She further elaborates that all of us have a certain set of genes, how these genes express themselves, depends on the environment that you’re in and food is a large part of that environment.

Diet also influences our risk of acquiring infectious diseases. Dr Mansi Chaudhry, Chief Clinical Nutritionist, Fortis Hospital Shamilar Bagh, explains:

If your body is deficit of nutrients and you’re living in an environment which makes you prone to infectious diseases and seasonal infections, your chances of contracting them becomes very high because your immunity levels are low as a result.

So, while there are several environmental factors that contribute towards you falling prey to any disease, food becomes a major component of it.

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An Unhealthy Gut Behind Diseases, Physical and Mental

“Research says that diet is responsible for at least 70 percent or more of the diseases we have, say experts.
The link between the gut and mental health is progressively being studied.
(Photo: iStock)

What we eat, especially foods that contain chemical additives and ultra-processed foods, or foods that we don’t eat affects our gut environment and increases our risk of diseases. There is data to show that diets change the gut microbiome.

Research on mice has shown that switching from a fiber-and-antioxidant rich Mediterranean diet to a Western diet heavy in fat and protein can alter the microbiome’s population within a day.

Far too many studies have linked an unhealthy gut to various diseases, physical as well as mental; depression, Parkinson’s, and heart disease, to name a few.

The link between the gut and mental health is progressively being studied to understand and treat mental illnesses.

A good diet, high in complex carbohydrates like whole grains, and fibre may benefit the gut. Similarly, a wide variety of plant foods help too.

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Does Food Only Help With Prevention or Also In Treatment?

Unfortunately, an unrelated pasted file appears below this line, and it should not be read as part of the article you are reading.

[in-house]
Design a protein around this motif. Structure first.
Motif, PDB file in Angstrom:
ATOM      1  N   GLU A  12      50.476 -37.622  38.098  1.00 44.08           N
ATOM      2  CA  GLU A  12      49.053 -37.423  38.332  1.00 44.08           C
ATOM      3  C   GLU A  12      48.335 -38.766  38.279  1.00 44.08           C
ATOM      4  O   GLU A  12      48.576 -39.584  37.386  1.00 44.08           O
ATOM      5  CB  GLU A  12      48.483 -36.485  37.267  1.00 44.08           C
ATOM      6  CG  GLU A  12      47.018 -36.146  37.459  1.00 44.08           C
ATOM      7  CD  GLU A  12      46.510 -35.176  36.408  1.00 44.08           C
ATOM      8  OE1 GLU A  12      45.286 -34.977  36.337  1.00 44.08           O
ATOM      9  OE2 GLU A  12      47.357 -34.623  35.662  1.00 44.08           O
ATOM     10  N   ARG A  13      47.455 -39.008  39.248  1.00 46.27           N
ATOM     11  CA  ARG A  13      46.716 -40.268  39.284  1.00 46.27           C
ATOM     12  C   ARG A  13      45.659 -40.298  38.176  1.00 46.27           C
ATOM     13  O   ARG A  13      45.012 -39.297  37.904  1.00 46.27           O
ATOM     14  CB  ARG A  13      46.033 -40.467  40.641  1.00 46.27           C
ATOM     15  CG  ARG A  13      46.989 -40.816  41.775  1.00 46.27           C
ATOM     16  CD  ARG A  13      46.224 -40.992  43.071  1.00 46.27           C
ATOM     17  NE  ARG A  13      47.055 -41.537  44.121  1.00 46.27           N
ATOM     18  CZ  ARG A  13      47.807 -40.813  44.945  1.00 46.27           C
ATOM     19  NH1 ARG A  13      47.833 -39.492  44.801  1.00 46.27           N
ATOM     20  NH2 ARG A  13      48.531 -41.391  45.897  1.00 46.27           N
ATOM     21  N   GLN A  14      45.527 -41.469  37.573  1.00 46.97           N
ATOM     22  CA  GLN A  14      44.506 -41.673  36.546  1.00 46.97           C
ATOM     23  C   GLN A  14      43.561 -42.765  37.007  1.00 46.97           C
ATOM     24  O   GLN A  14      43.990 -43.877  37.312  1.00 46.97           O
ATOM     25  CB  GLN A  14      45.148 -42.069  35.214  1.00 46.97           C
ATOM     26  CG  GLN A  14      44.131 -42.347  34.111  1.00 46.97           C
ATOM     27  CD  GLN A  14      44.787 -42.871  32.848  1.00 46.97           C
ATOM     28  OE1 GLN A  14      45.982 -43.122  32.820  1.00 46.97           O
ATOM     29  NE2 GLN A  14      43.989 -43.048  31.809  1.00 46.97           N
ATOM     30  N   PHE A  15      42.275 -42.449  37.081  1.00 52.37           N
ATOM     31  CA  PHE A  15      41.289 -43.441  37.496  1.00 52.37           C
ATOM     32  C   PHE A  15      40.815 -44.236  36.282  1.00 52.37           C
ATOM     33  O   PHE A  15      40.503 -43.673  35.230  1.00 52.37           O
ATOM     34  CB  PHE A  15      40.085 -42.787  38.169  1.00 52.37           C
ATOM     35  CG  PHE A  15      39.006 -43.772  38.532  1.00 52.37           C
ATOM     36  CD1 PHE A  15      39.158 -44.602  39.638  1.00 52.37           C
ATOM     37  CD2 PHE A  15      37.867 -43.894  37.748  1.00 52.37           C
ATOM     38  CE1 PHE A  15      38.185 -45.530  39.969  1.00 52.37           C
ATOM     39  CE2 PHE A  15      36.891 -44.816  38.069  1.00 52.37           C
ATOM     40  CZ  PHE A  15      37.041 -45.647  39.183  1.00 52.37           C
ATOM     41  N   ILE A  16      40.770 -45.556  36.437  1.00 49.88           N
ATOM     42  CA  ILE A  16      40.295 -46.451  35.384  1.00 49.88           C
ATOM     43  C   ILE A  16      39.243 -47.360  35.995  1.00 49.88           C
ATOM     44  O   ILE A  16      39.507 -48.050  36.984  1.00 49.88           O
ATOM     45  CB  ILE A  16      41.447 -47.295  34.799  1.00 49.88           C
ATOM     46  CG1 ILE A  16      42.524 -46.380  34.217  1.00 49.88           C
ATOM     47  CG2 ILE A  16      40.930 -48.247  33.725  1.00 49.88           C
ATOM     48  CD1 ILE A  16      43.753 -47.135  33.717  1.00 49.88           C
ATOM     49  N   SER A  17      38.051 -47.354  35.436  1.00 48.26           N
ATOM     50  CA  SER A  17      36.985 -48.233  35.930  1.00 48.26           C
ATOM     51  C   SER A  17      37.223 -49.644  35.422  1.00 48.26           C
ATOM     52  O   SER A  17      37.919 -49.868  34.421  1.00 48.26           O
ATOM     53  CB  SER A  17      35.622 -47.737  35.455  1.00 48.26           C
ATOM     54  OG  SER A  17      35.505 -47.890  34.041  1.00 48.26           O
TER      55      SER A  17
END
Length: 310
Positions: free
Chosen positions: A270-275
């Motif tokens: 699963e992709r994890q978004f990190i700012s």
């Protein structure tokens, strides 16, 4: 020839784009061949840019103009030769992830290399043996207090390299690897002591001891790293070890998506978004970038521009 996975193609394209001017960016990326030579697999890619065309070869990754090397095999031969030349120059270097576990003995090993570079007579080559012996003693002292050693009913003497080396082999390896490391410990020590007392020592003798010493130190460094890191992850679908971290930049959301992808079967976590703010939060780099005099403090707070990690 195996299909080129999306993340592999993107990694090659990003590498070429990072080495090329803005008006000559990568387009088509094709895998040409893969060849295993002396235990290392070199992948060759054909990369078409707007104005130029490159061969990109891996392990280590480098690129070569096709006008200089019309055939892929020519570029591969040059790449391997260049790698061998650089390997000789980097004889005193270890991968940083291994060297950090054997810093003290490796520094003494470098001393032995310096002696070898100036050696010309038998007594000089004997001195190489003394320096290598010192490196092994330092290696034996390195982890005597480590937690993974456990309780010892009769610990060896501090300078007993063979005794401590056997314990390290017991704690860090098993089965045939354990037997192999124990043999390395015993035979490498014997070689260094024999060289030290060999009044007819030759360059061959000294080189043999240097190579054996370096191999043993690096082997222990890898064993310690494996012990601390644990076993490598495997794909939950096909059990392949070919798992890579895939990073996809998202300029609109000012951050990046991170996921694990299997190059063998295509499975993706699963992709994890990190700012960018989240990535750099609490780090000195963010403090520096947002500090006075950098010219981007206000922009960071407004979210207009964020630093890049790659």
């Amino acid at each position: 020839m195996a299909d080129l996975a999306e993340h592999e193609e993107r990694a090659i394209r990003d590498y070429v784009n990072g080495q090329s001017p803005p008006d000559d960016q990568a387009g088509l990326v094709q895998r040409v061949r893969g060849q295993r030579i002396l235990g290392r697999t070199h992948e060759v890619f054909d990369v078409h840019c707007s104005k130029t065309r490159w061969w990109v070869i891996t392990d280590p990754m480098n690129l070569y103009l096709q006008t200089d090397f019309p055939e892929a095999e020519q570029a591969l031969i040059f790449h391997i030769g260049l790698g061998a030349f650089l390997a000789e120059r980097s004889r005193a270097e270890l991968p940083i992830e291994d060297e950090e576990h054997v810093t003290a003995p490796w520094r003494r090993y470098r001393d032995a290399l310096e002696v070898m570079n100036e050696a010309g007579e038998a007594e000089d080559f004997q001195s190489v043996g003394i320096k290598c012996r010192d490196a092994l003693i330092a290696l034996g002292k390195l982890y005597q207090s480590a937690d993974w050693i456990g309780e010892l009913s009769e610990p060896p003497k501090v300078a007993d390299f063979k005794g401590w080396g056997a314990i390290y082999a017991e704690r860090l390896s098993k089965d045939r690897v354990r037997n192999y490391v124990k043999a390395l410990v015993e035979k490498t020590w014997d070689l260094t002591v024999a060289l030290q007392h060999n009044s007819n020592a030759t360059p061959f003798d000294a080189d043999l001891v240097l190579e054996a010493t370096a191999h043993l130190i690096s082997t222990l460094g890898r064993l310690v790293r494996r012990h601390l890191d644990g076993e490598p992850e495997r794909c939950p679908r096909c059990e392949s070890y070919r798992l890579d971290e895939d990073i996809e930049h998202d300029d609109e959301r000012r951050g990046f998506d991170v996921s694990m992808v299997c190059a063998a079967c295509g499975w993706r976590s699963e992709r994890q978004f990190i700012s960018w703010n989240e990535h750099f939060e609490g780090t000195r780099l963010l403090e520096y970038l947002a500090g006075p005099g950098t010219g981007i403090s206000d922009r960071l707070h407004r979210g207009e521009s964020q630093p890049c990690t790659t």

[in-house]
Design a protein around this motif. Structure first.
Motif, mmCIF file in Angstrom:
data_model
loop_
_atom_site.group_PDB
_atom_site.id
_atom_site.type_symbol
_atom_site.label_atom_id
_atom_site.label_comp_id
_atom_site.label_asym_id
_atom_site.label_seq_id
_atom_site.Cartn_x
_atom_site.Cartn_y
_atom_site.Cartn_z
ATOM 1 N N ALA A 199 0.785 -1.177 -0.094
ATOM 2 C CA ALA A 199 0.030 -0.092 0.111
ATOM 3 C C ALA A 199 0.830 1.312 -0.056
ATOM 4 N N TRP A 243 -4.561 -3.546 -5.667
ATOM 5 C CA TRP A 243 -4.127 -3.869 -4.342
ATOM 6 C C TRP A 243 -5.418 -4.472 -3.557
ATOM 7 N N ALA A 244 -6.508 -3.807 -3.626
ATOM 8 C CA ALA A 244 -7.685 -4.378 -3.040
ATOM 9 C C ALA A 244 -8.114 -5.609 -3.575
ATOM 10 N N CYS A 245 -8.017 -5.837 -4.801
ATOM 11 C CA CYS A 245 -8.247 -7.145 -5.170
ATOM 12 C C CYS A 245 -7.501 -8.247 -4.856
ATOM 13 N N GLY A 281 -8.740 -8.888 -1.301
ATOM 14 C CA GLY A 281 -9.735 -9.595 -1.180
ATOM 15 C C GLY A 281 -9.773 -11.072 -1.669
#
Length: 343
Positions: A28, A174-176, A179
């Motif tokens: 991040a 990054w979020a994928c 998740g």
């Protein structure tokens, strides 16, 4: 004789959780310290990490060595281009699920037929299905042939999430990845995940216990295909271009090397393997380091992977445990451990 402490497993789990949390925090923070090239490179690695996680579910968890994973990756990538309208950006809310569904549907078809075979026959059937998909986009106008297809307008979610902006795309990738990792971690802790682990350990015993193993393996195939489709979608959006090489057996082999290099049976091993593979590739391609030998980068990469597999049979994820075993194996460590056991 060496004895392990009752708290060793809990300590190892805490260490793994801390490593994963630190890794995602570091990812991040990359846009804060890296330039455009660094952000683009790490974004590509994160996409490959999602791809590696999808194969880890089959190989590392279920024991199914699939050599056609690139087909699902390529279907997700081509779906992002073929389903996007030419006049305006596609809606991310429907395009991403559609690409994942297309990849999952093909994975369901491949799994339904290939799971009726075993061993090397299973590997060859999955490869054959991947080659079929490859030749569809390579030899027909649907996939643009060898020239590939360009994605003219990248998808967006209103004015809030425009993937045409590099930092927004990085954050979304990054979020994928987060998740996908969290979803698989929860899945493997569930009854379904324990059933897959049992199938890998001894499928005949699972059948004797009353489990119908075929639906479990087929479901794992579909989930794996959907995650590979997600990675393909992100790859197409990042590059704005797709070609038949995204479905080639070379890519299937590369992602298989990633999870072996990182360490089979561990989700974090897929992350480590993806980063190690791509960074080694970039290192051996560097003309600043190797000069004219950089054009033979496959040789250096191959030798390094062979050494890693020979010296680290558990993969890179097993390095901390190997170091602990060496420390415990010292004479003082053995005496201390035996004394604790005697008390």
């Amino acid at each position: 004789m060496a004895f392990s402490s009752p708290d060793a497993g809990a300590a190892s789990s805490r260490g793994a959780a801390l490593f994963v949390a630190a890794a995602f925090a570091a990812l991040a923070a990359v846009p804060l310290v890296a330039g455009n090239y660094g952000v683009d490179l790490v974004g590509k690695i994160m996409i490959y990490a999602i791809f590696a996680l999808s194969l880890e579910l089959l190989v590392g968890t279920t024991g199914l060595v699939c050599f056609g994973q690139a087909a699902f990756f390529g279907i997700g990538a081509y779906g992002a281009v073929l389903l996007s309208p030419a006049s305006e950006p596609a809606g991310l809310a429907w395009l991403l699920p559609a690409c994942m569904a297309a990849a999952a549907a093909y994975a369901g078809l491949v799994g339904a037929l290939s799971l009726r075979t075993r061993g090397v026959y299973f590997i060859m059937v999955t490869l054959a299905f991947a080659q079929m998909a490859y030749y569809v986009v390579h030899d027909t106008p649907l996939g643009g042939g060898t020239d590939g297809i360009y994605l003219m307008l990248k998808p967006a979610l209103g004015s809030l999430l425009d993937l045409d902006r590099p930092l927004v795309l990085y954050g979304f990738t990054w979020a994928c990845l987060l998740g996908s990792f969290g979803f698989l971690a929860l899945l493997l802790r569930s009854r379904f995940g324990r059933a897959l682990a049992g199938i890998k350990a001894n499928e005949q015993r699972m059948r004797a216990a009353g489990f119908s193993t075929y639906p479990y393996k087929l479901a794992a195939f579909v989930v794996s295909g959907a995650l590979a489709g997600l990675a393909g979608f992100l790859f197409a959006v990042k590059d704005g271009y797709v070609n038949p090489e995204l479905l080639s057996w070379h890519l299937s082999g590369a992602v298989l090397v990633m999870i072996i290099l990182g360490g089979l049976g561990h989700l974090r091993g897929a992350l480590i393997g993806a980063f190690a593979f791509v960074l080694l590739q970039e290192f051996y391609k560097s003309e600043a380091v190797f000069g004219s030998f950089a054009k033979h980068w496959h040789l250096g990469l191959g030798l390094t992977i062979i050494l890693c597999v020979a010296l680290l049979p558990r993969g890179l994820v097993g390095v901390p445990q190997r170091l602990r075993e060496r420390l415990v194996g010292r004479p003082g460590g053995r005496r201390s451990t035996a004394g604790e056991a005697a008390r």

Food is considered to be a medicine. Majority of India’s population suffers from diabetes, hypertension, heart disease etc. All of which can be managed or treated through food. But that’s not to say that other factors don’t play a role in treatment.
Dr Mansi Chaudhry, Chief Clinical Nutritionist, Fortis Hospital

Dr Chandra agrees, “correcting food in your lifestyle is therapeutic, it’s treatment and management for various problems. For example, for chronic pain, food is really important to manage.”

What about more serious or advanced diseases?

“Let’s say if it’s a four stage breast cancer, or kidney failure, or Multiple Sclerosis, so there also food does play some role, but it’s not that big a part of treatment,” advises Dr Chandra.

She informs that in clinical settings, they use methods like intermittent fasting for management of diseases like cancer along with regular therapy. A physiology and a gut that is healthy can go a long way.

Another example can be hormone-related PCOD or thyroid – lifestyle changes, especially diet can be beneficial for management.

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So Is There an Ideal Diet?

Earlier this year, a Lancet study proposed a reference diet (illustration above) that will benefit us. It proposed cutting down on meats and adopting a more plat-based diet. For example, it says the amount of animal protein you eat should be almost equal to the amount of fruits you consume.

So while, there’s no one ideal diet for all demographics, it definitely benefits to refer to these guidelines.

Guidelines laid by ICMR also advise how much of what nutrient is essential in a good diet. Diet should be differently tailored for different demographics.

Some things won’t change though. Everyone needs to have proper complex carbohydrates, protein, good fats, vitamins, and minerals.

So, the next time you think about your diet, don’t just think about losing or gaining weight, think about acquiring good health to protect against diseases.

(This article is part of FIT’s #WhatWeEat campaign. Want to eat a healthy and safe diet but don’t know how? Send your queries at fit@thequint.com and we’ll get an expert to answer them.)